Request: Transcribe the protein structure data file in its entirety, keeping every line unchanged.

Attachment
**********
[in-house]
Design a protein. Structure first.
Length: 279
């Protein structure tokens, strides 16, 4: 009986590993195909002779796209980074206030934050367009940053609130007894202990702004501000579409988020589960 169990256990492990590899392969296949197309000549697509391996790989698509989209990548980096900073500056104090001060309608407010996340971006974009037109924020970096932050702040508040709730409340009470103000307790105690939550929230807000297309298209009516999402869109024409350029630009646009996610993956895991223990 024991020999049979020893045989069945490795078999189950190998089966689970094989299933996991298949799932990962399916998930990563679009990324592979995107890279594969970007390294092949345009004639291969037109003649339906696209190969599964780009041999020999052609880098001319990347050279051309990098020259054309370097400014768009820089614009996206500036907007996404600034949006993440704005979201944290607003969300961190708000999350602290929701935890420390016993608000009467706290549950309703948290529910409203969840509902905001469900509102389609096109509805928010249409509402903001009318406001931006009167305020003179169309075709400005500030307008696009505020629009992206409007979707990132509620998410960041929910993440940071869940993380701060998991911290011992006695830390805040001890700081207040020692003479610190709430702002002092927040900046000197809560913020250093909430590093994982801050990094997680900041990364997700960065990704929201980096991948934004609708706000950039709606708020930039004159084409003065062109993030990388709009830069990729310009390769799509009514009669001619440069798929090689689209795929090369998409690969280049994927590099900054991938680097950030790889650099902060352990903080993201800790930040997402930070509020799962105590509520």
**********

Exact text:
[in-house]
Design a protein. Structure first.
Length: 279
């Protein structure tokens, strides 16, 4: 009986590993195909002779796209980074206030934050367009940053609130007894202990702004501000579409988020589960 169990256990492990590899392969296949197309000549697509391996790989698509989209990548980096900073500056104090001060309608407010996340971006974009037109924020970096932050702040508040709730409340009470103000307790105690939550929230807000297309298209009516999402869109024409350029630009646009996610993956895991223990 024991020999049979020893045989069945490795078999189950190998089966689970094989299933996991298949799932990962399916998930990563679009990324592979995107890279594969970007390294092949345009004639291969037109003649339906696209190969599964780009041999020999052609880098001319990347050279051309990098020259054309370097400014768009820089614009996206500036907007996404600034949006993440704005979201944290607003969300961190708000999350602290929701935890420390016993608000009467706290549950309703948290529910409203969840509902905001469900509102389609096109509805928010249409509402903001009318406001931006009167305020003179169309075709400005500030307008696009505020629009992206409007979707990132509620998410960041929910993440940071869940993380701060998991911290011992006695830390805040001890700081207040020692003479610190709430702002002092927040900046000197809560913020250093909430590093994982801050990094997680900041990364997700960065990704929201980096991948934004609708706000950039709606708020930039004159084409003065062109993030990388709009830069990729310009390769799509009514009669001619440069798929090689689209795929090369998409690969280049994927590099900054991938680097950030790889650099902060352990903080993201800790930040997402930070509020799962105590509520």